The essence of CPS design aims to combine and integrate elements (e.g., C, P and H) and components (e.g., C-P components) to achieve the desired functionality and extra-functional properties (e.g., performance, reliability and flexibility), within - and in interaction with - varying partly unknown dynamic environments. This integration may take place during design (off-line) or run-time for adaptive systems. We see the lack of a systematic treatment of “composability” (integration) as one overarching limitation of existing methodologies. Composability has been defined in Section 2.2.1 of [31] as “An architecture is said to be composable with respect to a specified property if the system integration will not invalidate this property, once the property has been established at the subsystem level. ... Examples of such properties are timeliness or testability. In a composable architecture, the system properties follow from the subsystem properties”.
The likely characteristics of future CPS (recall Section 3.2) will clearly require novel ways for reasoning about system level properties and in achieving composability. In the following we elaborate the multidimensional topic of CPS composability and identify what we see as as specialized composability issues including dealing with human-CPS, CPS incorporating AI, trustworthiness and CPSoS.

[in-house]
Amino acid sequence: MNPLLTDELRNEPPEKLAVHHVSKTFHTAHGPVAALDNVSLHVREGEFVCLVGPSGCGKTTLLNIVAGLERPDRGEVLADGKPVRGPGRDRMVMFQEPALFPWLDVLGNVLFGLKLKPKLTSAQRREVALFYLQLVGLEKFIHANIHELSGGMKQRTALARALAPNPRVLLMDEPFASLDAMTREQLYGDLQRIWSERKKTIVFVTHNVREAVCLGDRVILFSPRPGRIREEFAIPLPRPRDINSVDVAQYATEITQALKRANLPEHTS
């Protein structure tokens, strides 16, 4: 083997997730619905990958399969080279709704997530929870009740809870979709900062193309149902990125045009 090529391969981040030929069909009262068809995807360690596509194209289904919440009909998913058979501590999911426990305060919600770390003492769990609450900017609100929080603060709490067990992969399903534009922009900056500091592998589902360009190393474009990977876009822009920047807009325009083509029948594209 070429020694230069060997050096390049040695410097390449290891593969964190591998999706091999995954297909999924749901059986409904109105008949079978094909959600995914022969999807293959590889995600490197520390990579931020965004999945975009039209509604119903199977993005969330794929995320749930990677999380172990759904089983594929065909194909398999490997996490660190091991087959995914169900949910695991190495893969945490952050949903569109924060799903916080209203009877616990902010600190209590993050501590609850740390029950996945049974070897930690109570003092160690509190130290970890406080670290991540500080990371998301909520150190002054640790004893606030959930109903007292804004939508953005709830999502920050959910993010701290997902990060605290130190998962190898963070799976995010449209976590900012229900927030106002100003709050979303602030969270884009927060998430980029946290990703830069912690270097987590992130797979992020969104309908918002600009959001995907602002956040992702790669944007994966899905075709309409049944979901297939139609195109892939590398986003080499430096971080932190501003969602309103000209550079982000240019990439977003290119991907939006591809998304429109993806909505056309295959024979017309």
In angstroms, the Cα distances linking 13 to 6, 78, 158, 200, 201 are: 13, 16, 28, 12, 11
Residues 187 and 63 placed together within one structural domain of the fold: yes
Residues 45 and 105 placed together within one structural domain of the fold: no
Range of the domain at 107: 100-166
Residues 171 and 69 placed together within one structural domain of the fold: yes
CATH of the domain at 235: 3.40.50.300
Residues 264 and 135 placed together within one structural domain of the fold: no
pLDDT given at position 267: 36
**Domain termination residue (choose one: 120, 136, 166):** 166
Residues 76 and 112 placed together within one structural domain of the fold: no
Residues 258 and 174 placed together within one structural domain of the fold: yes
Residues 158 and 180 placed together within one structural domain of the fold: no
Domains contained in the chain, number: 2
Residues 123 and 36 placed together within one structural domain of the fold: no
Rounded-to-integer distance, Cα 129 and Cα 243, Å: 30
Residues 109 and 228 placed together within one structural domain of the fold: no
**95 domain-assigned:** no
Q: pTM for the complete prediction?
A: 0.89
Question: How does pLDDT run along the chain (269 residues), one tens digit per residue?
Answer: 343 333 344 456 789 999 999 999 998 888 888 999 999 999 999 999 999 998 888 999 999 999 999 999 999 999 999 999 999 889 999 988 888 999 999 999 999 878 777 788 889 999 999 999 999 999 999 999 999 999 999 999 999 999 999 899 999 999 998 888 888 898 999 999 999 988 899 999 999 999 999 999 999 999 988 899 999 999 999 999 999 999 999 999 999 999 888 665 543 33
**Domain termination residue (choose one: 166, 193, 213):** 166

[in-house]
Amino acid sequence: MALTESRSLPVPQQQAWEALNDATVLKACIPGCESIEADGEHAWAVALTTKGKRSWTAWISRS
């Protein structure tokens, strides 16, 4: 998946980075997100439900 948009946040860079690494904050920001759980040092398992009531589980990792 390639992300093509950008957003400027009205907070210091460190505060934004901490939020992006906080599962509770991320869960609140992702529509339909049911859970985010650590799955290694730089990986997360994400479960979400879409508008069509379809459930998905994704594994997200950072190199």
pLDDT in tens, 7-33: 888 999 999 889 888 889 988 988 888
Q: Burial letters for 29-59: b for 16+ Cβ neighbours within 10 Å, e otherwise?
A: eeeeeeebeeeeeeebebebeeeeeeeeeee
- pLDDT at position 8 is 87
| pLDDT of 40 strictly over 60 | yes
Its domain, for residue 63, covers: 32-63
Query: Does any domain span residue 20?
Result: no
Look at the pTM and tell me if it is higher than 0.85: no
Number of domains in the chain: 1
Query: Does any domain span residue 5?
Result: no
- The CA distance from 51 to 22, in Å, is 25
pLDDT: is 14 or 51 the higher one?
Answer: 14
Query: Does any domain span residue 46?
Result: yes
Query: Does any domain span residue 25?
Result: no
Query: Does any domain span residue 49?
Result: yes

• Composability across components, disciplines and aspects. When composing CPS components, multiple technologies needs to be integrated (electrical, mechanical, hydraulic, software, etc.) and multiple aspects needs to be reconciled — referring to for example properties such as cost, safety and availability. When reasoning about such compositions, multiple theories will apply, each focusing on one or more aspects of integration (e.g., logic-interface automata, composing transfer functions, scheduling, overall reliability, etc.). Real and successful composition must consider all these aspects, including characteristic side effects and dependencies of CPS. For this there is no existing comprehensive theory or methodology. Current best practices can manage systems of today’s complexity, albeit using heuristics and with questionable cost-efficiency. Beyond composition at design or production time, CPS will be increasingly adaptive and able to reconfigure during run-time. There are thus needs to improve interoperability and reason about composability over multiple aspects also at run-time. In a similar vein, with the use of DevOps and learning systems with CPS, the software behaviors of parts of the CPS will change during operation, requiring the ability to monitor and ensure proper operations, see e.g., [1,8].